Credit Hours

Some of our most accomplished leaders in a wide variety of areas were largely self-educated. Abraham Lincoln, for example, was a self-educated attorney. Over time post-secondary institutions began to become more valuable, but that created a problem. At the time, there was no way to compare education achievement across the institutions. Some standard of comparison was needed.

In the late 19th century, Charles Eliot proposed the first standard based on what was called a credit hour. The standard was developed for secondary education as well as post-secondary education. The secondary standard was accepted in 1894.

The acceptance of a credit hour standard in colleges was delayed until 1906. When retirement pensions were developed for college faculty, there needed to be a qualification standard for faculty who qualified. Thus, colleges requiring 120 credit hours to graduate were adopted nationwide. One credit hour was defined as one hour of instruction for three days per week over a period of time that lapsed for 14-16 weeks.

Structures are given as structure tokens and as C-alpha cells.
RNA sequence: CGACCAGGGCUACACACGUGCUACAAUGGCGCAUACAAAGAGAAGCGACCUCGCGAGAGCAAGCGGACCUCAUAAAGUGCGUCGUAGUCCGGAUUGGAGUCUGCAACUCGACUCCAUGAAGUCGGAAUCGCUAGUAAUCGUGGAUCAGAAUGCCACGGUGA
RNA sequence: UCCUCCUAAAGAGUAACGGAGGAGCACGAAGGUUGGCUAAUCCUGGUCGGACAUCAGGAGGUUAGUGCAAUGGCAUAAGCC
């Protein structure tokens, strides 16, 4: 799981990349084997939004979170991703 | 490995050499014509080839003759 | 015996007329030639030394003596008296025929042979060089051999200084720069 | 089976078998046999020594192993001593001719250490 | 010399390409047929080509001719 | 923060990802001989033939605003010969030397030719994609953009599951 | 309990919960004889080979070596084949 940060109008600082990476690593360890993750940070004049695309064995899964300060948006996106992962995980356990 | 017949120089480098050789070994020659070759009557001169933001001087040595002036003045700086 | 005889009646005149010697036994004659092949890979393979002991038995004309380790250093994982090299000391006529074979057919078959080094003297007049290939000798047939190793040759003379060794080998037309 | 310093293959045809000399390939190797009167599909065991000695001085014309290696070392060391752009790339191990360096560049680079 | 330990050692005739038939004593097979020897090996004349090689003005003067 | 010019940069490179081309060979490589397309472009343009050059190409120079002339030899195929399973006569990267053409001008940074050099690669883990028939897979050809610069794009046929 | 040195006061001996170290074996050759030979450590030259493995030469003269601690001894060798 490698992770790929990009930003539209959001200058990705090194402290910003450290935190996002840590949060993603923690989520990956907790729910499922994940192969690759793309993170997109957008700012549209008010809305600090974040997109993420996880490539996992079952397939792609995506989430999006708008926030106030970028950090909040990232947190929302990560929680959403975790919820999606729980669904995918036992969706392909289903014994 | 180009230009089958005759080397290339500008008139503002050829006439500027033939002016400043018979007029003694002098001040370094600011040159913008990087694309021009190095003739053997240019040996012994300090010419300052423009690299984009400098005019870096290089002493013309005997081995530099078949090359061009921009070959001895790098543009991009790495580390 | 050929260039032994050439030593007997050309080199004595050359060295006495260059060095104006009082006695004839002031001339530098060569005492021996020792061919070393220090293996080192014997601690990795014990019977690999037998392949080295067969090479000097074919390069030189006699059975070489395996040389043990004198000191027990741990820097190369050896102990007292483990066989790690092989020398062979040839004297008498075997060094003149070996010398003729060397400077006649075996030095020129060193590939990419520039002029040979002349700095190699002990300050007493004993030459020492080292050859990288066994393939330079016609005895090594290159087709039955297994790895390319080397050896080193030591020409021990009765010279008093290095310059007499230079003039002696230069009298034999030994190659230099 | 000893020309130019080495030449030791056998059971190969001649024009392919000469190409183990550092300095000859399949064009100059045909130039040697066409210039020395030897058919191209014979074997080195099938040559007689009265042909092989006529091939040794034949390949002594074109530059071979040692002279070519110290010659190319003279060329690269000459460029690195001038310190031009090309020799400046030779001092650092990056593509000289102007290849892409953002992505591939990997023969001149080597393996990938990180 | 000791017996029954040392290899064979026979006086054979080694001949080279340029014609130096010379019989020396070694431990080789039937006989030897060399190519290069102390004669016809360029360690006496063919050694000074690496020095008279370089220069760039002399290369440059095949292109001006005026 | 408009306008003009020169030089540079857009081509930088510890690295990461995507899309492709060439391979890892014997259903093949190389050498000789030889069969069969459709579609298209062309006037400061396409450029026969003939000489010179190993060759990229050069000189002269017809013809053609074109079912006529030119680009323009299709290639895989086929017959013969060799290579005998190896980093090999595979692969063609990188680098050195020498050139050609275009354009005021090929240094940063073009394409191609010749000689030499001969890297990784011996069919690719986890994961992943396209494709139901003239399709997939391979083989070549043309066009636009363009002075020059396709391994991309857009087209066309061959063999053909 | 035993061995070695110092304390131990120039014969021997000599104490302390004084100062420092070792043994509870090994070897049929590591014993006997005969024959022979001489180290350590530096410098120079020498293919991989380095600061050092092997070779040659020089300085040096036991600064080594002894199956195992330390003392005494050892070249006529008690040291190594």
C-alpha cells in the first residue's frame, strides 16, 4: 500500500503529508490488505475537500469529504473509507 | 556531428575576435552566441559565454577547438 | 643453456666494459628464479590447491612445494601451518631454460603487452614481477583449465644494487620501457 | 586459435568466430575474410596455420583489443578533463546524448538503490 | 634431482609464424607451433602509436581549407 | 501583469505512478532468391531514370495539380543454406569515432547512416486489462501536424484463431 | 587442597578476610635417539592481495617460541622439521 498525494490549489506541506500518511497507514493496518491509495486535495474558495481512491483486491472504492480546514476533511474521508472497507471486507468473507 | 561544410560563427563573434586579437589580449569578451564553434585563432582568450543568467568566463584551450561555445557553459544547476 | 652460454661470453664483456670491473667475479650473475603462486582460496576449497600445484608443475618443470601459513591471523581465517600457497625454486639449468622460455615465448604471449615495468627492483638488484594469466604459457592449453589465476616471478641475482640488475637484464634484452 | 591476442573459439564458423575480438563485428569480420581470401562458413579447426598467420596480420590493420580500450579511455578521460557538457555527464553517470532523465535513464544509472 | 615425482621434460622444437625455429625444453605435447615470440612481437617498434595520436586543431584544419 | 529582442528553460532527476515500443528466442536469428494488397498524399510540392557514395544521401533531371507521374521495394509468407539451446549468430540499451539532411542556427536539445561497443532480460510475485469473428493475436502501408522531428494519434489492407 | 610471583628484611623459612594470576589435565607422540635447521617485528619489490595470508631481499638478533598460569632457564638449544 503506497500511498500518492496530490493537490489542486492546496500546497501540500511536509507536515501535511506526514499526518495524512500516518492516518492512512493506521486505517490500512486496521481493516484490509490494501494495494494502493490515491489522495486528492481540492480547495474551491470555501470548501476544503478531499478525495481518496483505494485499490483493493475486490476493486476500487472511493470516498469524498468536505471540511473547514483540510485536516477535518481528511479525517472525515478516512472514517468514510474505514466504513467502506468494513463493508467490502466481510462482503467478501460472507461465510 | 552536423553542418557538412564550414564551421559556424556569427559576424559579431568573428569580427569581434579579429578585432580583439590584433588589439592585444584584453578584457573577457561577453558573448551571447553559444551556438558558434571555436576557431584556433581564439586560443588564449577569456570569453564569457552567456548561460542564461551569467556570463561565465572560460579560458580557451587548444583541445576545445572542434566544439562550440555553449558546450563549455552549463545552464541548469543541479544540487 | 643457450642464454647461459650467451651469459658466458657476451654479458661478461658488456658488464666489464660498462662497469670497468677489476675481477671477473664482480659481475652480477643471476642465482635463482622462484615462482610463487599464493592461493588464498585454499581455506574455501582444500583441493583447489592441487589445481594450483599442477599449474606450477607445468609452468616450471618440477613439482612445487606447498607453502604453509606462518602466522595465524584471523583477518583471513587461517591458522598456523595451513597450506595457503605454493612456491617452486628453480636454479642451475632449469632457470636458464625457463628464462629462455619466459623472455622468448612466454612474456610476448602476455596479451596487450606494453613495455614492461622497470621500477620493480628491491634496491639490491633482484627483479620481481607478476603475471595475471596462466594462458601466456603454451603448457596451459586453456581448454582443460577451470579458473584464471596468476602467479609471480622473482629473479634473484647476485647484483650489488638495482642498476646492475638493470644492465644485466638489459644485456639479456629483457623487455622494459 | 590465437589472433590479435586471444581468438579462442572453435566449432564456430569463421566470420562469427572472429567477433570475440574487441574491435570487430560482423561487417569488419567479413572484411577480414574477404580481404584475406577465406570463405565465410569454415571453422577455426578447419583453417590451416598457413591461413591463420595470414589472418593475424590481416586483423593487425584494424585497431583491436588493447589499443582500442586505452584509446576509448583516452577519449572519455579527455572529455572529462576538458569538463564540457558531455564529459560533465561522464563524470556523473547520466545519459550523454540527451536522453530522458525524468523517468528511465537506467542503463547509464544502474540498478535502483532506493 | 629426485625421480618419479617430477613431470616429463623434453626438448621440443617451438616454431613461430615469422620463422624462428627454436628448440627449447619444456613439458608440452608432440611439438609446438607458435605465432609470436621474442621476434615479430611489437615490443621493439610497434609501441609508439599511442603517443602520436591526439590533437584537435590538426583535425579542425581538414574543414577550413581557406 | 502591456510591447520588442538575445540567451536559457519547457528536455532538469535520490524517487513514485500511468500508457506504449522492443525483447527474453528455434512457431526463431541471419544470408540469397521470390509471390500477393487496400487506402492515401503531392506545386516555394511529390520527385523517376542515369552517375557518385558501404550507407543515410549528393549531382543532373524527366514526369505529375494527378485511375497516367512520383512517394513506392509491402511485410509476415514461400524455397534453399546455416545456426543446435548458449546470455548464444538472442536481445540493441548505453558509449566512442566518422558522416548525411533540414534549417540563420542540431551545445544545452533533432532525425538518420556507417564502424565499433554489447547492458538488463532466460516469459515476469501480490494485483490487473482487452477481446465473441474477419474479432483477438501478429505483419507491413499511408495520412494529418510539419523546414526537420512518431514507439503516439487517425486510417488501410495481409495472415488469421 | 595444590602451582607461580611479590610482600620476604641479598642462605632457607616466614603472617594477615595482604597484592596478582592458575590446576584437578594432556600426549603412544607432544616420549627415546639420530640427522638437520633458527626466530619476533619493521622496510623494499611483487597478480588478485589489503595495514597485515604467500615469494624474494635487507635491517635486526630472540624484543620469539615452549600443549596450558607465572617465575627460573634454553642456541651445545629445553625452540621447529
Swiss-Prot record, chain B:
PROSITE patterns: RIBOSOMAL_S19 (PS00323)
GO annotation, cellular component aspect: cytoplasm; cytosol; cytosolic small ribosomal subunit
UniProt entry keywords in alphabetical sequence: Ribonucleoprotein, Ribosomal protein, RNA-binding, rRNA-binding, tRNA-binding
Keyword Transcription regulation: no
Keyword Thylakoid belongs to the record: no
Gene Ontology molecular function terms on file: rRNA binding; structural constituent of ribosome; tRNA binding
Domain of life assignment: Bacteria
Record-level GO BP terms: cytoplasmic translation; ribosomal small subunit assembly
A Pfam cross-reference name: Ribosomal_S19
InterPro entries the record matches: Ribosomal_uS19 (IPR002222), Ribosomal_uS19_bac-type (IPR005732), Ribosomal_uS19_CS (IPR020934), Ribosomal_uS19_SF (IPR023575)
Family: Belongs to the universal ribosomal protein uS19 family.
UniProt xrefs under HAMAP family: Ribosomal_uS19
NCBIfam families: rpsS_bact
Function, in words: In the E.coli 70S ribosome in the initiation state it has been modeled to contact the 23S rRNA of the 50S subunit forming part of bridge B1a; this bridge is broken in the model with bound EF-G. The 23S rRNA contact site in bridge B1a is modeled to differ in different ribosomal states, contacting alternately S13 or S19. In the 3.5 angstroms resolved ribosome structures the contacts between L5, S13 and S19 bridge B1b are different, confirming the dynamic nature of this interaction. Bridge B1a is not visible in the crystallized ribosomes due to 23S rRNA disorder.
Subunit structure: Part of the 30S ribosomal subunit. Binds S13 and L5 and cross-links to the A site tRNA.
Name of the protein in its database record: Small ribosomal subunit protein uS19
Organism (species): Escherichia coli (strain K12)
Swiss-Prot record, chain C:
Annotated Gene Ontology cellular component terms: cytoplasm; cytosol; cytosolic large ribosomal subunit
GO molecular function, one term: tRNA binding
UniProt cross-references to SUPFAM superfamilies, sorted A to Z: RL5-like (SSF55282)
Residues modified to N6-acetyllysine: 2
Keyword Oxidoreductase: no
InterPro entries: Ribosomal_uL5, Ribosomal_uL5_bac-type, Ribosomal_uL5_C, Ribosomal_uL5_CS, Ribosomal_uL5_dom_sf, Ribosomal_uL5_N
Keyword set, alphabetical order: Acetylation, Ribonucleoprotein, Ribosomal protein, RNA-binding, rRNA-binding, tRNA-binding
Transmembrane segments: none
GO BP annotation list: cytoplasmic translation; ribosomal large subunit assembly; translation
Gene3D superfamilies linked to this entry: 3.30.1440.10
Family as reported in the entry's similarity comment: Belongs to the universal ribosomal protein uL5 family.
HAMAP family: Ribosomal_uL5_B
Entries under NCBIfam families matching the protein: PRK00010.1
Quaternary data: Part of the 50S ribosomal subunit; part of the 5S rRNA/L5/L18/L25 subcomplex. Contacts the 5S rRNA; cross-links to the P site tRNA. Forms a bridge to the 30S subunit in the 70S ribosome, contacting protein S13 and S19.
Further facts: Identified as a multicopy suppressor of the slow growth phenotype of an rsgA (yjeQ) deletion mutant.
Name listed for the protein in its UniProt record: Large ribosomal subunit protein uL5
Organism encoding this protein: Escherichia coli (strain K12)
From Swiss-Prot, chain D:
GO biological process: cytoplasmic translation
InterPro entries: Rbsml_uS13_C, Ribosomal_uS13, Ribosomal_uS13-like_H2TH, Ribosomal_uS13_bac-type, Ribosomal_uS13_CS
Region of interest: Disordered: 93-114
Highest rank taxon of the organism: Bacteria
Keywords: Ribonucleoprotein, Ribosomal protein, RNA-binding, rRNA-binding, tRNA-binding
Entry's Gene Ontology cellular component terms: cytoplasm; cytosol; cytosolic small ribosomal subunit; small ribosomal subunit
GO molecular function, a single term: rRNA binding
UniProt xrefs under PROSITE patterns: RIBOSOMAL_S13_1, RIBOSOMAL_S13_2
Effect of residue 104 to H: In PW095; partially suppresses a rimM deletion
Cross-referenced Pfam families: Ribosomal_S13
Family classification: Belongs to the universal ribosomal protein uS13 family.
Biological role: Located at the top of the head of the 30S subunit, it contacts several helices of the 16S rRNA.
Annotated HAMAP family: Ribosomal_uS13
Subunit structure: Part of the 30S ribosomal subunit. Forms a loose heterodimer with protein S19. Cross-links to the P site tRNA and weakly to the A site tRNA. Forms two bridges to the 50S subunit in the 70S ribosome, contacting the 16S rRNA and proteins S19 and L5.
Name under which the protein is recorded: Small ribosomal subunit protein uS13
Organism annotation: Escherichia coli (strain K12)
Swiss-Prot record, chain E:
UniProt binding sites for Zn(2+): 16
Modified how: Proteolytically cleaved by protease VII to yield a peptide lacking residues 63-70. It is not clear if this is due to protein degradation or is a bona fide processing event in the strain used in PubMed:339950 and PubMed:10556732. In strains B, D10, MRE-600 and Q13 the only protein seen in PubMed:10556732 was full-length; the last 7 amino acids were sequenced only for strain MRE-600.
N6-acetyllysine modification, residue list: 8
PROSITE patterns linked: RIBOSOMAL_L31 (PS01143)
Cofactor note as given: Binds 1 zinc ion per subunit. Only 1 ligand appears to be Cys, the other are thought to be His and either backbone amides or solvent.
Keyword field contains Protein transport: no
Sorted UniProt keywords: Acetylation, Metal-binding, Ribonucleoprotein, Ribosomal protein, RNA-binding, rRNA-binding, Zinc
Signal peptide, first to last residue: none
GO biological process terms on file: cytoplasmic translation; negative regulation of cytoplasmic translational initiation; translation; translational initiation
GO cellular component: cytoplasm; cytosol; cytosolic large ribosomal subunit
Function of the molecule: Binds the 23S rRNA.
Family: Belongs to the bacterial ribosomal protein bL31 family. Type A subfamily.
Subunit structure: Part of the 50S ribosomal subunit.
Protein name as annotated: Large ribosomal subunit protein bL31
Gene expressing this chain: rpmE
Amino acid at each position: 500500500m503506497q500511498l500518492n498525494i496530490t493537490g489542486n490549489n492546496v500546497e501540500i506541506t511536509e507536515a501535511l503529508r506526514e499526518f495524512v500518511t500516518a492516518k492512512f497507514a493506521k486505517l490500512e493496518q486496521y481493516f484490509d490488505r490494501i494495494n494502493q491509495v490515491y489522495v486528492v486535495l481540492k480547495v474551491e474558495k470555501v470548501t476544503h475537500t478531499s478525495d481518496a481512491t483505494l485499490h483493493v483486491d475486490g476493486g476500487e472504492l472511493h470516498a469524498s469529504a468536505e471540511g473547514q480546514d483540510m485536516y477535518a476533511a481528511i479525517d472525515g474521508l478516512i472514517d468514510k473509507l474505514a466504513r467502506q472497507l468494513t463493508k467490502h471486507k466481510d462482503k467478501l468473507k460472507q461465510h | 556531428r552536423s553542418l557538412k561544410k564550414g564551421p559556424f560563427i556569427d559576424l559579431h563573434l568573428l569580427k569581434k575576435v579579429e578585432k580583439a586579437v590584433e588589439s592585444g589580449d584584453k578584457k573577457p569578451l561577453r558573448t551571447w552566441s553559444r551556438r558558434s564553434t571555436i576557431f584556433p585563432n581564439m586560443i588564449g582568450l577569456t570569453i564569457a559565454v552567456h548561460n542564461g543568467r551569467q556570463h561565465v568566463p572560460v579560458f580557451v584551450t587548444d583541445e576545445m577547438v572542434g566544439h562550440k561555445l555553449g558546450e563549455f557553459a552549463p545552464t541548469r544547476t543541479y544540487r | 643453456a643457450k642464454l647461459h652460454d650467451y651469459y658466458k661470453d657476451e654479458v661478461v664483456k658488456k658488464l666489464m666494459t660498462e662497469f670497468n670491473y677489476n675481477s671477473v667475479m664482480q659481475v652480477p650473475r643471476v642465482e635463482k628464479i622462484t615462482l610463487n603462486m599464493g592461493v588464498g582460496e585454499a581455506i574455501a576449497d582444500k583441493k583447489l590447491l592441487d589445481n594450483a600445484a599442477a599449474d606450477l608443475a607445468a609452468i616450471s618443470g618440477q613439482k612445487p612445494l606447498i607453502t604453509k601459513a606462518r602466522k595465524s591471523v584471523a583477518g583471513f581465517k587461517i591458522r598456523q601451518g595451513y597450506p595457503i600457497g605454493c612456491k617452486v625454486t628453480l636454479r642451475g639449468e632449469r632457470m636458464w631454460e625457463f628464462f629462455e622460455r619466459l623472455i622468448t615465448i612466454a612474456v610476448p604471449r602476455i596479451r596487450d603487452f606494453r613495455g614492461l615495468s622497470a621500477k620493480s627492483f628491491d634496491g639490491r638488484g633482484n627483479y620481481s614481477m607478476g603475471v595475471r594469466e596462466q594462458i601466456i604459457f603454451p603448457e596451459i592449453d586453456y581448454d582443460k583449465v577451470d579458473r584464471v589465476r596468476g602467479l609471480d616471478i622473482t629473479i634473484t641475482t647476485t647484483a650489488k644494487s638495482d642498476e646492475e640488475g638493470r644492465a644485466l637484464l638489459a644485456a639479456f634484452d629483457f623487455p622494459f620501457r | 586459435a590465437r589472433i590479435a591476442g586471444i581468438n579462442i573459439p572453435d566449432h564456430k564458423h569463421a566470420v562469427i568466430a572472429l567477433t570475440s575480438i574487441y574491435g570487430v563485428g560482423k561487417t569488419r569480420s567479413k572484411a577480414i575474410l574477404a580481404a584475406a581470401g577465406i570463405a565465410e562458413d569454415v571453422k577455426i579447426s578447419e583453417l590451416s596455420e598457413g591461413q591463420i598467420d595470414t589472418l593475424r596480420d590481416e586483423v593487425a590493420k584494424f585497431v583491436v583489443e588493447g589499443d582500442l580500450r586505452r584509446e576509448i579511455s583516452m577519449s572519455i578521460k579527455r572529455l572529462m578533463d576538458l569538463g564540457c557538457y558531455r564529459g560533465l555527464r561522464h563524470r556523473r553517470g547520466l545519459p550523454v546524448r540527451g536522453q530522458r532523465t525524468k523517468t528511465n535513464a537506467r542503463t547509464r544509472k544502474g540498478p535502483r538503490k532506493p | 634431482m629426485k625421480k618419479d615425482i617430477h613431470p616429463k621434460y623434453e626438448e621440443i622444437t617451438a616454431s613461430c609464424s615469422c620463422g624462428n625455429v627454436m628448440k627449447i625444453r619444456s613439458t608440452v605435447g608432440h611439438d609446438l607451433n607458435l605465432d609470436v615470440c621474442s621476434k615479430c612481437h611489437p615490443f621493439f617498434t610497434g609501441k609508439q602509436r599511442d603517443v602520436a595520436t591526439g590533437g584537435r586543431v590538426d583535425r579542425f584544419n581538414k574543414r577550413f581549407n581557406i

Today the credit hour is a universally accepted standard for the content of a course. However, there are still challenges that have not been resolved. The first is the issue of how the standard is assured in the thousands of courses across America.

The second issue concerns what the standard should be for time requirements outside of the classroom. The Obama Administration established rules that defined one credit hour to be one hour in class and two hours of work outside of class. This rule was found to be hard to document by accreditation agencies. It was eliminated by the following administration.

What was begun in the late 19th and early 20th centuries is still not settled. In fact, there seems to be an effort to remove any standard for academic attainment. The emerging loss of meaning associated with what constitutes a credit hour is just one component of a general disintegration of educational standards at all levels.

It’s hard to continue to advance promising beginnings when there are powerful forces in opposition.

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“Those who work to oppose standards of achievement value words over results.”– Anonymous

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